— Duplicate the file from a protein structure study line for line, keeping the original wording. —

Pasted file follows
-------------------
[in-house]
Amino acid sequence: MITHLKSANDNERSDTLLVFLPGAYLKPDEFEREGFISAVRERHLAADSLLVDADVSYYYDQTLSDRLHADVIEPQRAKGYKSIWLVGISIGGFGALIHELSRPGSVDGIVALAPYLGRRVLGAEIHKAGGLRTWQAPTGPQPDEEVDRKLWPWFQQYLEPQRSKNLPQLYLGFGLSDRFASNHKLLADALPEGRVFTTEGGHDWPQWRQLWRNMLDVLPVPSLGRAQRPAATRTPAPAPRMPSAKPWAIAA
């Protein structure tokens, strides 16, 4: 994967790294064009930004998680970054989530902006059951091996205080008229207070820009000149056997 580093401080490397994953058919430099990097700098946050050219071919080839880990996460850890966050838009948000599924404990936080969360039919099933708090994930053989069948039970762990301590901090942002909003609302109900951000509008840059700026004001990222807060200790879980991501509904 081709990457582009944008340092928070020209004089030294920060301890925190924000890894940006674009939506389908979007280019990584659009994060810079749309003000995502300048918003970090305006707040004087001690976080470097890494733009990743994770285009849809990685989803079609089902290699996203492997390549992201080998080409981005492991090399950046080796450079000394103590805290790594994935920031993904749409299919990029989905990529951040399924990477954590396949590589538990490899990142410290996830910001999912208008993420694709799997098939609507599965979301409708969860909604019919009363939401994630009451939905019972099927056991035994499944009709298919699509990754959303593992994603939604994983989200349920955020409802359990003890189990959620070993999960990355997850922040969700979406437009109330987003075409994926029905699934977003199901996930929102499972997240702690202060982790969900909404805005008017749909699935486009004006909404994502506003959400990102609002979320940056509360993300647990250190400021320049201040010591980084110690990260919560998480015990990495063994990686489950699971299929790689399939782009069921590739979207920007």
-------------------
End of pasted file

[in-house]
Amino acid sequence: MITHLKSANDNERSDTLLVFLPGAYLKPDEFEREGFISAVRERHLAADSLLVDADVSYYYDQTLSDRLHADVIEPQRAKGYKSIWLVGISIGGFGALIHELSRPGSVDGIVALAPYLGRRVLGAEIHKAGGLRTWQAPTGPQPDEEVDRKLWPWFQQYLEPQRSKNLPQLYLGFGLSDRFASNHKLLADALPEGRVFTTEGGHDWPQWRQLWRNMLDVLPVPSLGRAQRPAATRTPAPAPRMPSAKPWAIAA
């Protein structure tokens, strides 16, 4: 994967790294064009930004998680970054989530902006059951091996205080008229207070820009000149056997 580093401080490397994953058919430099990097700098946050050219071919080839880990996460850890966050838009948000599924404990936080969360039919099933708090994930053989069948039970762990301590901090942002909003609302109900951000509008840059700026004001990222807060200790879980991501509904 081709990457582009944008340092928070020209004089030294920060301890925190924000890894940006674009939506389908979007280019990584659009994060810079749309003000995502300048918003970090305006707040004087001690976080470097890494733009990743994770285009849809990685989803079609089902290699996203492997390549992201080998080409981005492991090399950046080796450079000394103590805290790594994935920031993904749409299919990029989905990529951040399924990477954590396949590589538990490899990142410290996830910001999912208008993420694709799997098939609507599965979301409708969860909604019919009363939401994630009451939905019972099927056991035994499944009709298919699509990754959303593992994603939604994983989200349920955020409802359990003890189990959620070993999960990355997850922040969700979406437009109330987003075409994926029905699934977003199901996930929102499972997240702690202060982790969900909404805005008017749909699935486009004006909404994502506003959400990102609002979320940056509360993300647990250190400021320049201040010591980084110690990260919560998480015990990495063994990686489950699971299929790689399939782009069921590739979207920007």